The Spanish Colonial Revival architectural style, all the rage in Southern California during the post-World War I period and still popular today, borrows from a variety of cultural influences throughout the Mediterranean world. Many of the unifying characteristics—thick stucco walls, tile roofs, arches, courtyards, and decorative wrought iron and tiles—first appeared in California via the Spanish missionaries whose chain of 21 distinctive adobe missions were erected in the 18th century along California’s El Camino Real. Rooted in practical considerations about how to find cool shelter from the dry heat, the style later became a fashion statement, as well-to-do Californians embraced this classical form that fit both the climate and their romantic notions of evoking the “Old World”.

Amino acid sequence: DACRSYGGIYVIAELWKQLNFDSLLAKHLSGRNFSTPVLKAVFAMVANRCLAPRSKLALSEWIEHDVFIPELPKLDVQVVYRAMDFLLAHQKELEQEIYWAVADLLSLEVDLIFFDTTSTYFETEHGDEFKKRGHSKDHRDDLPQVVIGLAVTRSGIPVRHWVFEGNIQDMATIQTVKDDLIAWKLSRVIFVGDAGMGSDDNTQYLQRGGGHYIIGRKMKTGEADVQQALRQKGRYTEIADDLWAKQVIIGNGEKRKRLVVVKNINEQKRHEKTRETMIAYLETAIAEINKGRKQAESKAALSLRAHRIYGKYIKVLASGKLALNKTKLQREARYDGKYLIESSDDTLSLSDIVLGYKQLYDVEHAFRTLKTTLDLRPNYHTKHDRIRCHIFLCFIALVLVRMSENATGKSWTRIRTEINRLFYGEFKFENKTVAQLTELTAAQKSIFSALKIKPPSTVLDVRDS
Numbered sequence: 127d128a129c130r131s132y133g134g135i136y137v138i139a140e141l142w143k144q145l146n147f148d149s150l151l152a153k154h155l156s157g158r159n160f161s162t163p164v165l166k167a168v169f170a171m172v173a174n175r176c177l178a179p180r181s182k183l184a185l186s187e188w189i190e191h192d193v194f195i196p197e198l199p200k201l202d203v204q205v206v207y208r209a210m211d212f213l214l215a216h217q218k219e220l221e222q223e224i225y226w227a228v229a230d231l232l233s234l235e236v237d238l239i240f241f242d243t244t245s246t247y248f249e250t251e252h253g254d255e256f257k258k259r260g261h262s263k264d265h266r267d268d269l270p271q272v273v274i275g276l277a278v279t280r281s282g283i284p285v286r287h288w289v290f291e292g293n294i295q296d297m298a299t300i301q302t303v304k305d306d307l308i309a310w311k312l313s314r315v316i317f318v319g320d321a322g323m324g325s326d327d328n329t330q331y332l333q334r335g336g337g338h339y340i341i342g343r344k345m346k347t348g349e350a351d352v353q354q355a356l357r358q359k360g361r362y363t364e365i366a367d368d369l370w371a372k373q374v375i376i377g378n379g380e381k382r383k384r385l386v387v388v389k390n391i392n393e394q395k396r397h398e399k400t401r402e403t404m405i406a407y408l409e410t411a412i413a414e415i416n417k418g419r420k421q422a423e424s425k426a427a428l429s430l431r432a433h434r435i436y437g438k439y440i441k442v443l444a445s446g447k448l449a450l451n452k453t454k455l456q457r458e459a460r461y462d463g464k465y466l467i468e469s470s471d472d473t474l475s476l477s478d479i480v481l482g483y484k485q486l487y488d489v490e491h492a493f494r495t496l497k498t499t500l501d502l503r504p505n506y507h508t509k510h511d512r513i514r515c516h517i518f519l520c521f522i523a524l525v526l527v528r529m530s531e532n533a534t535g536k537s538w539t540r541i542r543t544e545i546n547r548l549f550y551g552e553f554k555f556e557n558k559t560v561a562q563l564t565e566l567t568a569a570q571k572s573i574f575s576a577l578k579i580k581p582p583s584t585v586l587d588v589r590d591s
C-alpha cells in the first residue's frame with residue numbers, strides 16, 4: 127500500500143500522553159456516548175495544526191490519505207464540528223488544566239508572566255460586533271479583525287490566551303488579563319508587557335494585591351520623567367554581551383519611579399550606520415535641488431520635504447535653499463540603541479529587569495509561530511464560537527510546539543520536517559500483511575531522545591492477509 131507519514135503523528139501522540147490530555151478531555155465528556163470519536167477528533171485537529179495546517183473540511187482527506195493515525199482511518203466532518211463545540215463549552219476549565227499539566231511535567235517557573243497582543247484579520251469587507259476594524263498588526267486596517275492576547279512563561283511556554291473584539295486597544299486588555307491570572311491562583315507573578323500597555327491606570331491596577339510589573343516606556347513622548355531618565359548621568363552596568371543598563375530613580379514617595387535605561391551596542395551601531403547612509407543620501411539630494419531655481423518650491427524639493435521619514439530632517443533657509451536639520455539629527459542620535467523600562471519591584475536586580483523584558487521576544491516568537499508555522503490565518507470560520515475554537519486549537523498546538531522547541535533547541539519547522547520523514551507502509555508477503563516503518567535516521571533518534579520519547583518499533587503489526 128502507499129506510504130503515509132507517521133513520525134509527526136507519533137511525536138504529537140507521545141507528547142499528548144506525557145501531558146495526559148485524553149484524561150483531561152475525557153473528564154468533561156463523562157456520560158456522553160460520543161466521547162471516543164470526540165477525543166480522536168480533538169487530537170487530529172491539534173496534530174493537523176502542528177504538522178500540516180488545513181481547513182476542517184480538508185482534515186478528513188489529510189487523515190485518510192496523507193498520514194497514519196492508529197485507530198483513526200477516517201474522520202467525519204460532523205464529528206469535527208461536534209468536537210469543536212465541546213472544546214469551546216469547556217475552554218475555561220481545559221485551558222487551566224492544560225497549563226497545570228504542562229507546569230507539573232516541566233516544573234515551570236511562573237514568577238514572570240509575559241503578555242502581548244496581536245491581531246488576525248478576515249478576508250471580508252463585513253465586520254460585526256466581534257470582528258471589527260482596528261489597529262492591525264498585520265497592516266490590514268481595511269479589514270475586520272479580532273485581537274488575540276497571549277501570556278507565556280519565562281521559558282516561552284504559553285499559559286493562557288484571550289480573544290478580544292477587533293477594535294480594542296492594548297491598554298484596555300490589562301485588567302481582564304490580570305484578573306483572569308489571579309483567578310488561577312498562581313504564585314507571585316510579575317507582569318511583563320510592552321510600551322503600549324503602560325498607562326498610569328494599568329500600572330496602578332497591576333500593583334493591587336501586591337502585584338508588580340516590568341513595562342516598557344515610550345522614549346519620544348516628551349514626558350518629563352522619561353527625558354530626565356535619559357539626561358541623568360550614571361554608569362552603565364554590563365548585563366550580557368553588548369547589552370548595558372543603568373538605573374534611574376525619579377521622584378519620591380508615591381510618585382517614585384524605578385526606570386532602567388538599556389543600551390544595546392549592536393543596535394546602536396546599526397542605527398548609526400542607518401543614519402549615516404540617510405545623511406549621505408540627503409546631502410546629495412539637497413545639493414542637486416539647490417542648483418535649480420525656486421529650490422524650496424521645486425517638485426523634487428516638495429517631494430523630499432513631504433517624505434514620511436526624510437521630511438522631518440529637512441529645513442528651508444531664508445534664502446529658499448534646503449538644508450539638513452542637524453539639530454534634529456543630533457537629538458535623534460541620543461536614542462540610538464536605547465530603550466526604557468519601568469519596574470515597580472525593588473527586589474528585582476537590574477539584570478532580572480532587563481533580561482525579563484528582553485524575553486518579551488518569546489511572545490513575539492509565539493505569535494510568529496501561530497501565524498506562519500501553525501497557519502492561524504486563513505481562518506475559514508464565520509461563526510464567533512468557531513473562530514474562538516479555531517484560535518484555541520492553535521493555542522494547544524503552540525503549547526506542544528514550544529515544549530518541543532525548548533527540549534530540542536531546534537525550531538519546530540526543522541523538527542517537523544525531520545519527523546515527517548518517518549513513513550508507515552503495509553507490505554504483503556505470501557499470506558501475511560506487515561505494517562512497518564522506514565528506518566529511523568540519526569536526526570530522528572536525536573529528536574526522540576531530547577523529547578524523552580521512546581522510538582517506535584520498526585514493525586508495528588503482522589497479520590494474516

It’s no surprise that the Adamsons selected this charming style for their beach home. It was the favorite of some of the most noted architects of the day, including Stiles Clements, their chosen architect, as well as Bertram Goodhue, Wallace Neff, and George Washington Smith.
Adamson House boasts an abundance of Spanish Colonial style features accented by a variety of Moorish elements including pointed arch windows in the dining and living room with the same form repeated in the fireplaces. The profusion of colorful tiles—around fireplaces, bathrooms, kitchens, on stair risers, and in friezes and fountains—may be the home’s most celebrated attribute.